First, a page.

periods, for instance, when resource needs are maximal. On the
other hand, Bowman (2006) examined activity duration specification limits. He assumed that durations that exceed the limits
could be moved back to the limits with additional costs.

To decide on timing of the control activities, Raz and Erel
(2000) used dynamic programming. They maximized the amount
of information that is produced by control operations. This amount
depends on the intensity of the activities that have been performed
after the last control operation and on the amount of time that
passed since activity completion. This dynamic approach is based
on the assumption that some of the information generated by
control operations will be lost over time.
To determine the inspection points, Golenko-Ginzburg and
Gonik (1997) formulated a stochastic optimization model and
developed a heuristic on-line control tool and set the proper
project speed. In the model, the progress of a project is assessed
only via inspection at control points and the project speed can
be altered at these points. Note that in modeling stochastic
project networks, usually a common PERT (Program Evaluation and Review Technique) assumption is made meaning that
activity durations are independent. However, this assumption
might not be valid for many real life cases. Regarding this,
Markov chains have been used; this approach allows correction
or repetition of earlier activities (Hardie, 2001).
Regarding the content and magnitude of control activities,
simulation and optimal control theory have been applied to model
intervening policies and their impacts on project outcomes. By
means of simulation, Hazir and Shtub (2011) modeled the
impacts of two types of corrective actions: minor and major
interventions. Minors refer to short-term, operational actions such
as workers working overtime in a road construction project.
However, majors such as new technology investments create
structural changes on cost figures and have long-term effects. In
their simulation application, watching the snapshot views in a
given display format, simulation users decided on taking a
corrective action, and which corrective actions should be taken
for a given project in a decision period.
In addition to simulation, another appropriate technique to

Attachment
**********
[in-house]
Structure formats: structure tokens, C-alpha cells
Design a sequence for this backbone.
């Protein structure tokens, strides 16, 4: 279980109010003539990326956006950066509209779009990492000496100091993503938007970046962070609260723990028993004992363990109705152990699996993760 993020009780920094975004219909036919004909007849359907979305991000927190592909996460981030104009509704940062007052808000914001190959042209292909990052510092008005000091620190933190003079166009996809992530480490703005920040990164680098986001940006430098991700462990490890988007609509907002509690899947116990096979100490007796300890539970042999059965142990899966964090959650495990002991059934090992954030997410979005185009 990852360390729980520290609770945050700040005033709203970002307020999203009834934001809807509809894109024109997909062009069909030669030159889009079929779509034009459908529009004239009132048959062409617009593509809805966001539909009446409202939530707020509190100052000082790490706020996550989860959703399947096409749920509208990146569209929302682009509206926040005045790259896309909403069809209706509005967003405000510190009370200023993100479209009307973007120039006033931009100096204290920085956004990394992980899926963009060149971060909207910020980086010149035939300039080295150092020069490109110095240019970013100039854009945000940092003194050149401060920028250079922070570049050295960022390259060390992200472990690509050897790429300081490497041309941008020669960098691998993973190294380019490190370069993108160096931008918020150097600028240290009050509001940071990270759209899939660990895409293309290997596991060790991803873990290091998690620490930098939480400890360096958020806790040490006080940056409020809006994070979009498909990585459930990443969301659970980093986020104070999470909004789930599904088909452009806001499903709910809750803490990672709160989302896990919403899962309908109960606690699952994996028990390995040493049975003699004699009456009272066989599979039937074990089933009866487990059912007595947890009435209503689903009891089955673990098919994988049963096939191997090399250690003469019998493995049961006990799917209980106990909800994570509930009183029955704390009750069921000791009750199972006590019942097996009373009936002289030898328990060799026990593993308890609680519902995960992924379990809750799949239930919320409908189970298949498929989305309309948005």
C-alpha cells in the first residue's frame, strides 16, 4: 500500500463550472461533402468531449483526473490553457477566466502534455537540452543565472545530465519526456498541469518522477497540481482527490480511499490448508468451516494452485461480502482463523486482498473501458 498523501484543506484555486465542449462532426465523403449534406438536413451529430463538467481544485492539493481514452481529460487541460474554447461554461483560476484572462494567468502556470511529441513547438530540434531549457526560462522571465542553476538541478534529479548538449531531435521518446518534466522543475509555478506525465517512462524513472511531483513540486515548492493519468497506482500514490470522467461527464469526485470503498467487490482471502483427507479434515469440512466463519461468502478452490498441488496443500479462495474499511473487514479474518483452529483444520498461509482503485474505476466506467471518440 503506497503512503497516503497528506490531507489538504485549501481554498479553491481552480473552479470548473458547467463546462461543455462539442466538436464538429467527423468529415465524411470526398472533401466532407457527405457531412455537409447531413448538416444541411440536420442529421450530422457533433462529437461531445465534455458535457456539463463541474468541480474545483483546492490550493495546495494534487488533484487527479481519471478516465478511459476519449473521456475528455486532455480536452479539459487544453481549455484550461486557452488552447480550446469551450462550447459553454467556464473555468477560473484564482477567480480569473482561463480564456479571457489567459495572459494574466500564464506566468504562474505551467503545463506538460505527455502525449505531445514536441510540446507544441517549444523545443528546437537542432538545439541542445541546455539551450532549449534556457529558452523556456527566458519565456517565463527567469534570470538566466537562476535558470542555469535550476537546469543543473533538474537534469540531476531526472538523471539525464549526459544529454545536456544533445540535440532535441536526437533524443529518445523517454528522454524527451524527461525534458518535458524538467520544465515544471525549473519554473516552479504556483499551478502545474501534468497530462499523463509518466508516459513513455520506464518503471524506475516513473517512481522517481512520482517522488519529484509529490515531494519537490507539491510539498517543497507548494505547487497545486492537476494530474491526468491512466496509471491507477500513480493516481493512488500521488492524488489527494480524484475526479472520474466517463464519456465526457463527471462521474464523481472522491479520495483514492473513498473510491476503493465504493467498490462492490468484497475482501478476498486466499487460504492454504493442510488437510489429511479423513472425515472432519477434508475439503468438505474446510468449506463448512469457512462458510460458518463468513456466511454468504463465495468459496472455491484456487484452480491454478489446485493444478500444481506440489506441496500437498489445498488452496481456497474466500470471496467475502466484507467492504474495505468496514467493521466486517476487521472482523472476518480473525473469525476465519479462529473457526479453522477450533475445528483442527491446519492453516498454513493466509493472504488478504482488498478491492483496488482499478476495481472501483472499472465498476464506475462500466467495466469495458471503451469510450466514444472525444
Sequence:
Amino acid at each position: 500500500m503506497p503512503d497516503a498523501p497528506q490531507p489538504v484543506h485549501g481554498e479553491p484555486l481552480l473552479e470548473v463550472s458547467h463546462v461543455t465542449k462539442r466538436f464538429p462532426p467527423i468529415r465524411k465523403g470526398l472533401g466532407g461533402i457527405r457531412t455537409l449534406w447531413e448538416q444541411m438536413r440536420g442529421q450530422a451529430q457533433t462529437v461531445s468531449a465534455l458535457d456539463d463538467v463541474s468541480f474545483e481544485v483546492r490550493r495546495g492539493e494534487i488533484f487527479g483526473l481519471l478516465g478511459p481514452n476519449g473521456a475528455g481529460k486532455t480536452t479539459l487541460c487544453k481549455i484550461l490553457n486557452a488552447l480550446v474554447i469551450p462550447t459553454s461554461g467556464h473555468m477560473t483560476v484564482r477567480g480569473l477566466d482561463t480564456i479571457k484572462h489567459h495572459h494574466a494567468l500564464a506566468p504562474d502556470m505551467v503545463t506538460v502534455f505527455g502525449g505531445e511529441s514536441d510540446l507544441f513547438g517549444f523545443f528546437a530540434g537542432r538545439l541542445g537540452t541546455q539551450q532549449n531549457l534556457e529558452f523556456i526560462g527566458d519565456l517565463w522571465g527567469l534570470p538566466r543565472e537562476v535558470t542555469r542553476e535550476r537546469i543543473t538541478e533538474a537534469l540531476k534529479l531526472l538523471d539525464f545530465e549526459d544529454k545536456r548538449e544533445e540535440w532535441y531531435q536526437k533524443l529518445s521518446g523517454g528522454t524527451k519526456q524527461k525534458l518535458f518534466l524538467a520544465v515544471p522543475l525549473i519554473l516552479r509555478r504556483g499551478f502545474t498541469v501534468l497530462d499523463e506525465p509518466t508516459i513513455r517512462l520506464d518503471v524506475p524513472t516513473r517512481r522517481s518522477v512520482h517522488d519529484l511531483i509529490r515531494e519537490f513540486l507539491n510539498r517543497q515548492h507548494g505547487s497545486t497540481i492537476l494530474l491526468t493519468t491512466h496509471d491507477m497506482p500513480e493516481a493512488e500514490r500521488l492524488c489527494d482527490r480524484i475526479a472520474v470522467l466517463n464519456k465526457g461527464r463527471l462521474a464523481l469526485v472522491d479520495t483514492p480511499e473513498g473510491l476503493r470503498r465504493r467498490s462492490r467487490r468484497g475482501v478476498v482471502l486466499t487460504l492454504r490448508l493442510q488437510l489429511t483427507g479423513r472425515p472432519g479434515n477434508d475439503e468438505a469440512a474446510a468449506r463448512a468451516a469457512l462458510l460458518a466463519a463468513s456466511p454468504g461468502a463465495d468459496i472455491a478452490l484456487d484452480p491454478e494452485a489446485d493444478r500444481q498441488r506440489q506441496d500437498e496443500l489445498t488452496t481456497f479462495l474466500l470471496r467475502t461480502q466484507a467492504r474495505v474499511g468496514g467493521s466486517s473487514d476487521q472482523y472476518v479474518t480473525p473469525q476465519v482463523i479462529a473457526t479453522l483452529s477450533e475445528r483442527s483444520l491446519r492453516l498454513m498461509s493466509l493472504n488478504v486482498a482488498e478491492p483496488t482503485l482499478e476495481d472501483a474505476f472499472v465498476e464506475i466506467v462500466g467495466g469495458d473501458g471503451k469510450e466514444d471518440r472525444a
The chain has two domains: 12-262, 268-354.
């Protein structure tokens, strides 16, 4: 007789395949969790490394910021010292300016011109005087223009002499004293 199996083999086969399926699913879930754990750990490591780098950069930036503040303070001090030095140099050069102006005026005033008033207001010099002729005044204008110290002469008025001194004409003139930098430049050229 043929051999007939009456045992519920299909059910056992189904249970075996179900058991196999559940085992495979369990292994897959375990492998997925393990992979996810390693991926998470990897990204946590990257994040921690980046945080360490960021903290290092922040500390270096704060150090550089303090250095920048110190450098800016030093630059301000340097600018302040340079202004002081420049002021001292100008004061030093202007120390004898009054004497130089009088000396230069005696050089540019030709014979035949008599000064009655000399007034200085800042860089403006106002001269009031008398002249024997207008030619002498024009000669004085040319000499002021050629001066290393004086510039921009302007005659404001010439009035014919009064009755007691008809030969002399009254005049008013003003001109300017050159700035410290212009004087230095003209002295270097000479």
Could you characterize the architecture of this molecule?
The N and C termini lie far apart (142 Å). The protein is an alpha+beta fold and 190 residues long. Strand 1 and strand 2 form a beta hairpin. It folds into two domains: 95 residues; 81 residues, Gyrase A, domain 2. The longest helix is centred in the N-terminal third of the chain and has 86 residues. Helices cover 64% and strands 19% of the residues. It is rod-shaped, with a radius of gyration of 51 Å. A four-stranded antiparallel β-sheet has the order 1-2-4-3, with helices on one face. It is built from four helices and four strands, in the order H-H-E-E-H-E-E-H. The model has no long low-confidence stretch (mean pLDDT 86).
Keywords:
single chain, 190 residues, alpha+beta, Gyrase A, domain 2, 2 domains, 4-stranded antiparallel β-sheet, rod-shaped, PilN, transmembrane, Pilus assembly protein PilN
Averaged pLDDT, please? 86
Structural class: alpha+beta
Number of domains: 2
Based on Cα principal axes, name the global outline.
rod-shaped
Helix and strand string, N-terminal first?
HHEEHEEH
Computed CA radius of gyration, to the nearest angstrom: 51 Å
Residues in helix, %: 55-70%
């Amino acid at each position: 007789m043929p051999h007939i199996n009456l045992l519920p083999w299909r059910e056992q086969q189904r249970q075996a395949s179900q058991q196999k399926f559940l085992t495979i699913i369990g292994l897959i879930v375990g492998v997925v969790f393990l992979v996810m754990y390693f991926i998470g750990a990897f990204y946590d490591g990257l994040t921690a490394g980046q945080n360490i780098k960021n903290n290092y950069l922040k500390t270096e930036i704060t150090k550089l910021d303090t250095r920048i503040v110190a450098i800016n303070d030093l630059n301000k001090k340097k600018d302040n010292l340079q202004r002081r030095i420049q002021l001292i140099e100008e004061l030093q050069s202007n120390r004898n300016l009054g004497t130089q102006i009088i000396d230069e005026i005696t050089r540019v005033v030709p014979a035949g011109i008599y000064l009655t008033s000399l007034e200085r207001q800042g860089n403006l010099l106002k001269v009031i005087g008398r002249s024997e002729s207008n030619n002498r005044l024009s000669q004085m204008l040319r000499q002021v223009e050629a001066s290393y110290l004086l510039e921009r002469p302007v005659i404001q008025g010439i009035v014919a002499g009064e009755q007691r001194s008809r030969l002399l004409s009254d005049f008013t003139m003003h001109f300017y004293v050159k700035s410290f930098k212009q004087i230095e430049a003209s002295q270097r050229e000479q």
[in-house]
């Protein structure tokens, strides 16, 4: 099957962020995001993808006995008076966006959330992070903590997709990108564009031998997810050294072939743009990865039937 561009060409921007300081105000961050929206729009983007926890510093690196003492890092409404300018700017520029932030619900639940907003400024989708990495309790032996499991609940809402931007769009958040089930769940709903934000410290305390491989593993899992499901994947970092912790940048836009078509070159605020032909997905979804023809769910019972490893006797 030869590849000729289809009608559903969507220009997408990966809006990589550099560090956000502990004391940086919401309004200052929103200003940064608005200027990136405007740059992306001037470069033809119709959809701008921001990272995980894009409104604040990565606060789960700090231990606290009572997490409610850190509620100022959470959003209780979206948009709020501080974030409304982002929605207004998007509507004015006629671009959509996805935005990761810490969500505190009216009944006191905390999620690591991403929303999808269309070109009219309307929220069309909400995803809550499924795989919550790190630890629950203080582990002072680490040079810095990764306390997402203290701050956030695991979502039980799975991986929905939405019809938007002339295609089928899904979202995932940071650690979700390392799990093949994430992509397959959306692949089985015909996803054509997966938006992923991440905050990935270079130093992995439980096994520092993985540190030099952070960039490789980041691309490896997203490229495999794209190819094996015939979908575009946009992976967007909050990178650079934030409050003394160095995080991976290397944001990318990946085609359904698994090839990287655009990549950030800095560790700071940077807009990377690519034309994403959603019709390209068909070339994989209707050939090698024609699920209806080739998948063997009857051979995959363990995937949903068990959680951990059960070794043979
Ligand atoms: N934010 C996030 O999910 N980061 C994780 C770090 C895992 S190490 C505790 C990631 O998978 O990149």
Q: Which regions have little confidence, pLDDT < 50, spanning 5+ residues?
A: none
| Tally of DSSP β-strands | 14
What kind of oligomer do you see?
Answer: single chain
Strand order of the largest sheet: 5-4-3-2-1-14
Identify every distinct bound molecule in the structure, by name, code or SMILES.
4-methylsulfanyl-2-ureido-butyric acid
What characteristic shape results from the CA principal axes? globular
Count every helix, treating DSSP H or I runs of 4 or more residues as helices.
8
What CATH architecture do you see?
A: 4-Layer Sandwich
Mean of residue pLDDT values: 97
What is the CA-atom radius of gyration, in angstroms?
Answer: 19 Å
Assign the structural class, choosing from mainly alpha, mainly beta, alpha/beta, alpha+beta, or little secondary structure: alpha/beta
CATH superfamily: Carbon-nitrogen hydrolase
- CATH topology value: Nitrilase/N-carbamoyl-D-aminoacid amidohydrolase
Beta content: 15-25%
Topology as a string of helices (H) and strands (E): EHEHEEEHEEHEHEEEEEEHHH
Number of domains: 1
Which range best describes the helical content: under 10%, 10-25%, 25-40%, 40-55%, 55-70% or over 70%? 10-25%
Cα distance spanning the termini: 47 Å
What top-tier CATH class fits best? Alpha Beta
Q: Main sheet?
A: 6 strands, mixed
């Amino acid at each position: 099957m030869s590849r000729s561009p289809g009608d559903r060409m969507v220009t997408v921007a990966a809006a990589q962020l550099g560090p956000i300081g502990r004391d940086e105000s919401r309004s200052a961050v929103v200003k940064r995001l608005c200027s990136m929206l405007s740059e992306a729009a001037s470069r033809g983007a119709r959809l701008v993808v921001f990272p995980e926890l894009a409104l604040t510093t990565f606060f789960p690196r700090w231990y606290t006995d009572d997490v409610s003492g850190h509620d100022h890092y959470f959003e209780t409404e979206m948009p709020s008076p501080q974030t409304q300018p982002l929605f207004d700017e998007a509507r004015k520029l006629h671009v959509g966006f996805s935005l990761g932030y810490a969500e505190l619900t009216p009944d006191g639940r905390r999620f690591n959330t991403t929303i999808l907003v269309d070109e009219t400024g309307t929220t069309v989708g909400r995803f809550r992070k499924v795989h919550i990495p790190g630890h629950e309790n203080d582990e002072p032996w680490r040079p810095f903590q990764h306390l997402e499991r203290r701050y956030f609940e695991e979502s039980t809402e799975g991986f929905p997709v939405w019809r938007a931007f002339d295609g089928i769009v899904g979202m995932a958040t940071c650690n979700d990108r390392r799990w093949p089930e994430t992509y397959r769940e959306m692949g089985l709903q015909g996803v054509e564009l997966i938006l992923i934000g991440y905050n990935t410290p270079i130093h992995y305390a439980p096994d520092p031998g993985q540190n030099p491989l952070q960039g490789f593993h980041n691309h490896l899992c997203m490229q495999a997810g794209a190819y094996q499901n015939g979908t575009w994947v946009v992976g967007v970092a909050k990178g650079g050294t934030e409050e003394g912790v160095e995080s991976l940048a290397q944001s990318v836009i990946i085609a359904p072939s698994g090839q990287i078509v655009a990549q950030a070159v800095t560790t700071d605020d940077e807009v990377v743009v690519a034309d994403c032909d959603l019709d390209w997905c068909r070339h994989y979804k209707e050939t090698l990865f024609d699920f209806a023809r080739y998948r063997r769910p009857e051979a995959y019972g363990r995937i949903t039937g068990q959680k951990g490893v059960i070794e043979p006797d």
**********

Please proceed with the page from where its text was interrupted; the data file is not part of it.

model the effects of intervening activities is optimal control
theory. It is a field of mathematics that aims to determine effective
control policies for dynamic systems. Using this theory, a control
problem is defined as a function of state and control variables and
modeled using differential equations that express the impact of the
control variables to minimize the given cost function. Various
time-dependent control problems encountered in management
science and economics have been modeled using this theory. In
this regard, we refer to the book of Sethi and Thompson (2002)
for various applications. Even though this literature offers a
strong theoretical background to model dynamic, time dependent
behavior of projects, optimal control studies on project management problems are scarce.
In scheduling projects, optimal control theory has been used
to allocate continuously divisible resources in a least costly way
(Nowicki and Zdrzalka, 1984; Weglarz, 1981). Moreover, the
relationship between control efforts and project cost deviations has
been investigated: Kogan et al. (2002) developed a continuous
model to determine the optimal control effort with the assumption
that control activities have a negative effect on project performance
deviations. Concerning real life implementations of the theory, a
control model was developed to allocate testing resources in a
software development project efficiently (Kapur et al., 2013).

Ö. Hazır / International Journal of Project Management 33 (2015) 808–815

We note that the abovementioned optimal control applications
assume continuously available resources or model continuous
time systems. However, in real life, resources are usually available
in discrete quantities, such as the workers or the machines. In
addition, modeling the discrete time characteristics of projects such
as the timing of the beginning and end of activities and the
corresponding time–resource profile is important.
Considering these characteristics, Azaron et al. (2007)
presented a multi-objective model to optimally control the resource
allocation. They addressed the time–cost trade-off problem where